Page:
To the Yale Community,
Today, the Trump Administration announced that it will rescind the Deferred Action for Childhood Arrivals (DACA) policy, a decision I and many university presidents had urged the president not to make. As we develop a clearer understanding of the implications of this decision, I know many students feel deeply concerned for themselves, their families, and their classmates. I write to let you know what Yale is doing to address these concerns here on campus and what actions I am taking on the national policy level.
For the students affected by this order, I want you to know unequivocally that Yale stands with you. You are an integral part of our community, and we remain committed to protecting your welfare and ensuring that you are able to participate fully in university life. We will continue to support you in a variety of ways as previously announced:
- The Office of International Students and Scholars (OISS) will continue to serve as a clearinghouse for information and a resource for those with questions and concerns. The OISS website will be regularly updated as we learn more about the implications of the administration’s decision. As we did last year, Yale will make legal support available for those students with questions about their status and options, and we will ensure students who need legal representation are able to obtain it.
- Yale will continue its well-established policy of admitting students without regard to immigration status. Moreover, our financial aid policies assure that no student will be denied an education because they are undocumented. Yale will adjust affected students’ aid packages to compensate for their inability to contribute from student earnings stemming from the loss of DACA work authorization.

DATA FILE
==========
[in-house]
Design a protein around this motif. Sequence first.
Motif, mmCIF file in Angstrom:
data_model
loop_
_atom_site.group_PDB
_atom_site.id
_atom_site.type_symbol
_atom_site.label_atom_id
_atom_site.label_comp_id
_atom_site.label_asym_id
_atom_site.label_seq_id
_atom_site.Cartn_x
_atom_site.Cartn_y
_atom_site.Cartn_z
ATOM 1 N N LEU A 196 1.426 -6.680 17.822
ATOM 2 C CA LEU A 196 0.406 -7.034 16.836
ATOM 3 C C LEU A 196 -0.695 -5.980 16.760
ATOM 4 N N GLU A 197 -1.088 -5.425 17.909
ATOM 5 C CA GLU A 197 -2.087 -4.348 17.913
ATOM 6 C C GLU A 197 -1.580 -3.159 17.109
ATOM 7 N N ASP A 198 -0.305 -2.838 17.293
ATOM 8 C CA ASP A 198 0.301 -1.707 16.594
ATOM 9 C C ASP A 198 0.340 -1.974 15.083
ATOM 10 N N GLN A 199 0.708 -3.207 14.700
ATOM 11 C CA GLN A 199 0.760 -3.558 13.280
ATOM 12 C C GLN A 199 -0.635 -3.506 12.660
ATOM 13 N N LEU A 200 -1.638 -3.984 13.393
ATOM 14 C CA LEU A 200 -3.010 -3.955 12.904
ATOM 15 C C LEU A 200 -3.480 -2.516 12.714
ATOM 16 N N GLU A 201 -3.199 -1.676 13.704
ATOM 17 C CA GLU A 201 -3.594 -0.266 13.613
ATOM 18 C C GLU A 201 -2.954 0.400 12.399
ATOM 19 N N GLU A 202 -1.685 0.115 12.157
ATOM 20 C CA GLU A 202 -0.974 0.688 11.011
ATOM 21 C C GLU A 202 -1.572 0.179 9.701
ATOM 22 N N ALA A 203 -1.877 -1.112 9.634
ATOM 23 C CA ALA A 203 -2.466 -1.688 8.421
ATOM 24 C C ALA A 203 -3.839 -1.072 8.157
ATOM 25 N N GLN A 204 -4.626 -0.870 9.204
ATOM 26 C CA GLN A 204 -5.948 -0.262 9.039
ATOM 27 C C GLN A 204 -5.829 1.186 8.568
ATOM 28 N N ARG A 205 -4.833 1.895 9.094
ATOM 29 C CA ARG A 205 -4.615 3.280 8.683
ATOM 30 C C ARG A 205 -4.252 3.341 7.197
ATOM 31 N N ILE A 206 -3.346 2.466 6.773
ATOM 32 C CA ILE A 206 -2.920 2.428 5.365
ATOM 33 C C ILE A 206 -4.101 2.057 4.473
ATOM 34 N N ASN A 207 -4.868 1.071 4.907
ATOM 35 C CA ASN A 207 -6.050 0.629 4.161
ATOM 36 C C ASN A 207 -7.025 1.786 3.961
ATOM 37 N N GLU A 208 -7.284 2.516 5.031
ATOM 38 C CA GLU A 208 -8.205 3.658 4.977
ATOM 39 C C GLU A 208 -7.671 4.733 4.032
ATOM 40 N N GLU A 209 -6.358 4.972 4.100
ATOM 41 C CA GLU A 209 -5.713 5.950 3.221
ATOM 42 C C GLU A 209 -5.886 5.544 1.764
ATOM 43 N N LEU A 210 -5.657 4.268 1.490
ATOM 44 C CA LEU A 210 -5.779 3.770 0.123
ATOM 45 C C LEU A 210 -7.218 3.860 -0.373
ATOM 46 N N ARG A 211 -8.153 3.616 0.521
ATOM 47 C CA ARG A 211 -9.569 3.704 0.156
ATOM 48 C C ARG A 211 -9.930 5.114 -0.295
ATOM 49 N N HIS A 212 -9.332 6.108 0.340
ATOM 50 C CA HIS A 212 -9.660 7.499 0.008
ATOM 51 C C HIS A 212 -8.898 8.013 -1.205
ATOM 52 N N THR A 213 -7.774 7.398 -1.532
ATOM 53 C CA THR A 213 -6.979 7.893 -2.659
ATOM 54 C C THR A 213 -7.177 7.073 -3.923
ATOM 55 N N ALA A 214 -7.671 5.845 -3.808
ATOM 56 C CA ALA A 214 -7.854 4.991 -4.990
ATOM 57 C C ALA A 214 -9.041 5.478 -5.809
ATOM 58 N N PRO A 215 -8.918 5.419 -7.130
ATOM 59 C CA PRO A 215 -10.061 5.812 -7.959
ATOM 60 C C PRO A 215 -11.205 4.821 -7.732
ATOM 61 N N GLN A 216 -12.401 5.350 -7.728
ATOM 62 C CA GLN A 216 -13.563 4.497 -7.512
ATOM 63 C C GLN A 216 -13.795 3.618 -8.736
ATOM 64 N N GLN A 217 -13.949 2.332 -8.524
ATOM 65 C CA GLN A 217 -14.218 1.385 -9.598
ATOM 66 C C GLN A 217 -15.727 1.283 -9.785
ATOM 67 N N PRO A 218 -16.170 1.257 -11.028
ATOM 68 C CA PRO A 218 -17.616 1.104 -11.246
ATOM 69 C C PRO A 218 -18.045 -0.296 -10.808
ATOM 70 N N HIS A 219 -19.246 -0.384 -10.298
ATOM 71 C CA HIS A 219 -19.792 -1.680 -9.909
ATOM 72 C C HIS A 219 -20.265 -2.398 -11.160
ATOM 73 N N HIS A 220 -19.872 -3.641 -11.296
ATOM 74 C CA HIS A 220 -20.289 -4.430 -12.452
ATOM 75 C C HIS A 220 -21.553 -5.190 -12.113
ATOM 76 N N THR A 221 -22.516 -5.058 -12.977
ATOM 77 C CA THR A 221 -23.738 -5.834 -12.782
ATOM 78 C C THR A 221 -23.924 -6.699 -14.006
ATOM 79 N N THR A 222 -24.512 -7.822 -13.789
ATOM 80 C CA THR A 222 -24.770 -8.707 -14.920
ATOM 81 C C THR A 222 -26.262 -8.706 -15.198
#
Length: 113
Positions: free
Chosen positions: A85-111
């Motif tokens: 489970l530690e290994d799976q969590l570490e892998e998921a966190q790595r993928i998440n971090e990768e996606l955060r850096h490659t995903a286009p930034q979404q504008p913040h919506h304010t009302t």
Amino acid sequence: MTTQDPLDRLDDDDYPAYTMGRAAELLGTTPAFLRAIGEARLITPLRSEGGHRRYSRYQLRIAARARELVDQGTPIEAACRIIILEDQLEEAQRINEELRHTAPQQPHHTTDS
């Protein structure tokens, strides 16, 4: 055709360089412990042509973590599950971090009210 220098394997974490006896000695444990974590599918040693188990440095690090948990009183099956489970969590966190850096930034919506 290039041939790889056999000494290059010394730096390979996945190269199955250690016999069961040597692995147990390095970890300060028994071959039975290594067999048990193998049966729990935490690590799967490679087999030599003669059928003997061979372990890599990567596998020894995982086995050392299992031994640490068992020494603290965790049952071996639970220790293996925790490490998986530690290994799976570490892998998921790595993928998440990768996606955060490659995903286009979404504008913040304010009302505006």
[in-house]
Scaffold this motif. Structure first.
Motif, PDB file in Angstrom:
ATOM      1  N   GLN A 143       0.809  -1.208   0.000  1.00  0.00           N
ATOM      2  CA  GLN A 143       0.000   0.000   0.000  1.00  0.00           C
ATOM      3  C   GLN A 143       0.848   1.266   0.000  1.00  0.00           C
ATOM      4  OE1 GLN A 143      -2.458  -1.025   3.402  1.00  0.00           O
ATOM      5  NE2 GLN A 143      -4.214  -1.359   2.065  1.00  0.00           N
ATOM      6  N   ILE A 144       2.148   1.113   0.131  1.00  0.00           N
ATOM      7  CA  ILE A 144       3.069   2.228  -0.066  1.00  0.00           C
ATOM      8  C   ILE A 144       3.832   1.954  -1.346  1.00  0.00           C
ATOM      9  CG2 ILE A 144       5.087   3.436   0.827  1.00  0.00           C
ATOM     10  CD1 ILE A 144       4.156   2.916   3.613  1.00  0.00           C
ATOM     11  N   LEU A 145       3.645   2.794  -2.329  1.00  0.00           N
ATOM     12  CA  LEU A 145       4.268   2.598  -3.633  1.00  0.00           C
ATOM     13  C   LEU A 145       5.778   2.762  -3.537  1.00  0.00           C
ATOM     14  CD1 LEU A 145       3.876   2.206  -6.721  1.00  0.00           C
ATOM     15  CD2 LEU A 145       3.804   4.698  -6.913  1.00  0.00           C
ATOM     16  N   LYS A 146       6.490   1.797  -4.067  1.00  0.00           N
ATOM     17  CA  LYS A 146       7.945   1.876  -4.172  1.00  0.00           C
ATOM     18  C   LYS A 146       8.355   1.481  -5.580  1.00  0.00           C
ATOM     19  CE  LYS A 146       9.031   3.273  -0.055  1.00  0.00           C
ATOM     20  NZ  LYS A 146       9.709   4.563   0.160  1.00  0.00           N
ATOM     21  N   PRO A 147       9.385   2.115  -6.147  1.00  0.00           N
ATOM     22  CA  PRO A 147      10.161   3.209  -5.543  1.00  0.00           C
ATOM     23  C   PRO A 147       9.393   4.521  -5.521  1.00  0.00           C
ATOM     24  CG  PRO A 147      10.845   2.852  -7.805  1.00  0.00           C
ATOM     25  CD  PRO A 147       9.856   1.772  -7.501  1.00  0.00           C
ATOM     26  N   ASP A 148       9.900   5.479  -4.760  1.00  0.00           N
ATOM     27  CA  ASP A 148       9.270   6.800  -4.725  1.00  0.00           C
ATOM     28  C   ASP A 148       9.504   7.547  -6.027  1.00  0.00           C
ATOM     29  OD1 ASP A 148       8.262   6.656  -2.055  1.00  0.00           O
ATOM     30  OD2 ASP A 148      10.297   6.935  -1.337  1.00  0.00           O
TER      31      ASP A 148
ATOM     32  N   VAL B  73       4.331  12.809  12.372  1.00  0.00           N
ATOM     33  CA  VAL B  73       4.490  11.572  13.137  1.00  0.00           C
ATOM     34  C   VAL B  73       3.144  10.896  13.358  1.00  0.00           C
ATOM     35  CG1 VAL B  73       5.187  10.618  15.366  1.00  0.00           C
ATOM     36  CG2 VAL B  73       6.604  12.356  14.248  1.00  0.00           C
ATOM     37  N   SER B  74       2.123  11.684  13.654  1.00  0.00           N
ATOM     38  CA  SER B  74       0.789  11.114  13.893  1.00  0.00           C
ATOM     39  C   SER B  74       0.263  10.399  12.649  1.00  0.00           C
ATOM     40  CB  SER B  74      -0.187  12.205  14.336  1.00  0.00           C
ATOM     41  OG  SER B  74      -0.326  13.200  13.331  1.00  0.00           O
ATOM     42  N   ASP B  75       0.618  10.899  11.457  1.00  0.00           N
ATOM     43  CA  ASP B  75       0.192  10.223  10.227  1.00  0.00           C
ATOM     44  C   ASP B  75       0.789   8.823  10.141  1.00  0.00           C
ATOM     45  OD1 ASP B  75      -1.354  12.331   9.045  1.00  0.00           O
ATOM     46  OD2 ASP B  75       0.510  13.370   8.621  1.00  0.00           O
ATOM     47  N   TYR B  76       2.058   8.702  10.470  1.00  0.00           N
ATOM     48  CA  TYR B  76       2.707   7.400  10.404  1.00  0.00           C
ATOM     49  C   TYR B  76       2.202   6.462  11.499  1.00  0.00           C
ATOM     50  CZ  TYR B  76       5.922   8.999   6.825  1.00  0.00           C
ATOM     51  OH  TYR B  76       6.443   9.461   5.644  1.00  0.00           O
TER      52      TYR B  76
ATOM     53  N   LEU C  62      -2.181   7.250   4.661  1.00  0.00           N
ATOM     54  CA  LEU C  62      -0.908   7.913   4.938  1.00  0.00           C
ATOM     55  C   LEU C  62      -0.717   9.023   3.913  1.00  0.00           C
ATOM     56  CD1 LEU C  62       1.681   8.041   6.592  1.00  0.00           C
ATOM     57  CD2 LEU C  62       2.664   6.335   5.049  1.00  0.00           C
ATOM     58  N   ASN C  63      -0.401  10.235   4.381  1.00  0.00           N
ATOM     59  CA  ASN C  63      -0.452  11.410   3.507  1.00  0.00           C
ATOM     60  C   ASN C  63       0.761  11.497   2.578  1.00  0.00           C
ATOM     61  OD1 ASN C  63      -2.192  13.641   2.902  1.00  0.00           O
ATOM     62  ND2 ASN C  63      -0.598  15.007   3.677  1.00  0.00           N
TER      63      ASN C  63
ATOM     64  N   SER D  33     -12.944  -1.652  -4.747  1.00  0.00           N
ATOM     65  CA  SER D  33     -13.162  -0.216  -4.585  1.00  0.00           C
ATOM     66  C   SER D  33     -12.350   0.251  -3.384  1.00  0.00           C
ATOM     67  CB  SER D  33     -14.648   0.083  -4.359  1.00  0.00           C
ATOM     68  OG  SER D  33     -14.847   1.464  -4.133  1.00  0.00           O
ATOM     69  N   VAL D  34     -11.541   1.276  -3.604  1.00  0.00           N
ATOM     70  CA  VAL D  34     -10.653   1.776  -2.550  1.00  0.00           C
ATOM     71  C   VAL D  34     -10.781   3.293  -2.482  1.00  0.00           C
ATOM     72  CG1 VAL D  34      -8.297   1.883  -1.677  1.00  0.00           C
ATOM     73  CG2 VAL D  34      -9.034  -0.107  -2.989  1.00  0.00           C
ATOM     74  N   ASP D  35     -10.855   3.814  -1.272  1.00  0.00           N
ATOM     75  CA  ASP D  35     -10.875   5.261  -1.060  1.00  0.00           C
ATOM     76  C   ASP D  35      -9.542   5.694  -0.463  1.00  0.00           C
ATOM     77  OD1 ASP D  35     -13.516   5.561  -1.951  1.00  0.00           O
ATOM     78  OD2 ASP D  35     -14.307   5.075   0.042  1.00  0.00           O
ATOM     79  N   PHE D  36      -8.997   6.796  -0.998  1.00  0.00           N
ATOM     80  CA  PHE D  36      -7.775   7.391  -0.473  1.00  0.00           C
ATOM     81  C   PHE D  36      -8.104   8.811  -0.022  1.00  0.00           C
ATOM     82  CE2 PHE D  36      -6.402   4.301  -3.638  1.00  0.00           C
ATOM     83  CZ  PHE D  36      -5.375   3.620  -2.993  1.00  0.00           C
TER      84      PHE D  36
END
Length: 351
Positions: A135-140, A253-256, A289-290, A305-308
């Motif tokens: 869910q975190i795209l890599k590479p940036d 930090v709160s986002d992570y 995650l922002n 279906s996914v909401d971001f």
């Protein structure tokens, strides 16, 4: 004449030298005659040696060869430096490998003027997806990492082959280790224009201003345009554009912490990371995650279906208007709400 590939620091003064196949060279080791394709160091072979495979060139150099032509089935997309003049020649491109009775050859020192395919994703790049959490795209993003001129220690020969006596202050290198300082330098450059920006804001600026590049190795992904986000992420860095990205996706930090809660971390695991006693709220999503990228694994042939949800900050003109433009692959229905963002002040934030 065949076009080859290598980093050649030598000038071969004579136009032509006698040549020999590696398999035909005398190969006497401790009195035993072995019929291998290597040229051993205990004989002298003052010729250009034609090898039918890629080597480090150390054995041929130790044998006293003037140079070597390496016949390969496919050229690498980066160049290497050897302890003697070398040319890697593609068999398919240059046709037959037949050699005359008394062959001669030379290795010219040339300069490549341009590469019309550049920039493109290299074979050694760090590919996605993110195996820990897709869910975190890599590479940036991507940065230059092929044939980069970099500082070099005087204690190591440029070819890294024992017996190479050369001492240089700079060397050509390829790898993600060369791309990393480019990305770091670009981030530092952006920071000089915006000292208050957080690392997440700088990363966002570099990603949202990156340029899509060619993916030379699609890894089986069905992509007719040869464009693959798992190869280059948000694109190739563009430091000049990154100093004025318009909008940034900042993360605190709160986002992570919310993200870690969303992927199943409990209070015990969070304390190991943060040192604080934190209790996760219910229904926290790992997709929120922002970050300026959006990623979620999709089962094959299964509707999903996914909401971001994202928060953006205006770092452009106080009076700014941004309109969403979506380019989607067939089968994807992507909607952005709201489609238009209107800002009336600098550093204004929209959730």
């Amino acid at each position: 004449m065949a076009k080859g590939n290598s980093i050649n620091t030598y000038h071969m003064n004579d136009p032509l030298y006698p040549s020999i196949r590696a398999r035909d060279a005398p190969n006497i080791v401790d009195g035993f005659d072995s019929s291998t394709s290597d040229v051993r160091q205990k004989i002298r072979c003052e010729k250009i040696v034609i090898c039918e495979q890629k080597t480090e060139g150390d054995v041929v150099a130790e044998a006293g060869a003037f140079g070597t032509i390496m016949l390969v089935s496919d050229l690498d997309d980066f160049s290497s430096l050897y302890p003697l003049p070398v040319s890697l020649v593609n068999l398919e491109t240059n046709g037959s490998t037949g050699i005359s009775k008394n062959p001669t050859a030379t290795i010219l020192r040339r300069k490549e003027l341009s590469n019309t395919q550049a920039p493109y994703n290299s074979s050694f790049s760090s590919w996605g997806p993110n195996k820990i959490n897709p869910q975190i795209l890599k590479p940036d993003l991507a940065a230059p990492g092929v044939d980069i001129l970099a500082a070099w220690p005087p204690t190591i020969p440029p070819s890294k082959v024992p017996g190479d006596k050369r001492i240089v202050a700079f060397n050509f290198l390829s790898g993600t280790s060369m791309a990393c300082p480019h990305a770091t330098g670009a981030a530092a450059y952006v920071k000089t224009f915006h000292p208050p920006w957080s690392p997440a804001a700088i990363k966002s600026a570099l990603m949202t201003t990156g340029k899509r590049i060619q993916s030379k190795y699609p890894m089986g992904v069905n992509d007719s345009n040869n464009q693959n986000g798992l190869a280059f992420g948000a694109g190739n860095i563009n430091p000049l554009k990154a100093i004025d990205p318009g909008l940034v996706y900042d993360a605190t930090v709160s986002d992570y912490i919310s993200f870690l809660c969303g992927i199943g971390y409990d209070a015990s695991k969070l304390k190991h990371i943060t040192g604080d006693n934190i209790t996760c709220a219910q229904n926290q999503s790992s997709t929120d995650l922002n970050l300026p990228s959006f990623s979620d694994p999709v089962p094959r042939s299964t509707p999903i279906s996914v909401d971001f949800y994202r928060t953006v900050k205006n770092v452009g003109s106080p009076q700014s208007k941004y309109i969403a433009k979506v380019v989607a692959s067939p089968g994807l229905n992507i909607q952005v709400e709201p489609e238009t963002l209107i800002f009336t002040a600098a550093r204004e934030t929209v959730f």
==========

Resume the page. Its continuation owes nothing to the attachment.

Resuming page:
- Under Yale Police Department (YPD) policies, citizenship status has no effect on how the department interacts with a member of the Yale community. YPD officers do not inquire about the immigration status of crime victims, witnesses, or others who seek police assistance. Further, YPD does not enforce the civil provisions of U.S. immigration law, and any law enforcement agent who wishes to enter our campus is expected to first check in with the YPD. In the interest of safety and privacy, Yale does not permit outside law enforcement officers to access our campus without a search warrant or other legal authorization.
On the national level, I will continue to advocate for immigration policies that value the contributions of Dreamers and the many international students and scholars at Yale and other universities. Last week, I wrote to President Trump urging him to maintain DACA and to defend it in the courts. Today’s announcement that DACA will be withdrawn is deeply disappointing to me, and the administration’s decision creates a renewed urgency for Congress to enact legislation that addresses the plight of Dreamers. For many months, I have worked with our federal relations staff, legislative leaders, and higher education associations in Washington on the vexing issue of immigration reform. We will continue to press for legislation that affords permanent status to Dreamers and makes our broken immigration system fairer, more compassionate, and just.
As the grandson of immigrants who came to the United States with dreams of a better life, I take this issue personally. We will not come together as a country if we play on fears or exploit the issue of immigration for political advantage. The hard work, creativity, and vibrancy of immigrants make this country stronger, more dynamic, and more innovative. I look forward to our work together as we build a better Yale and more inclusive nation.
President and Chris Argyris Professor of Psychology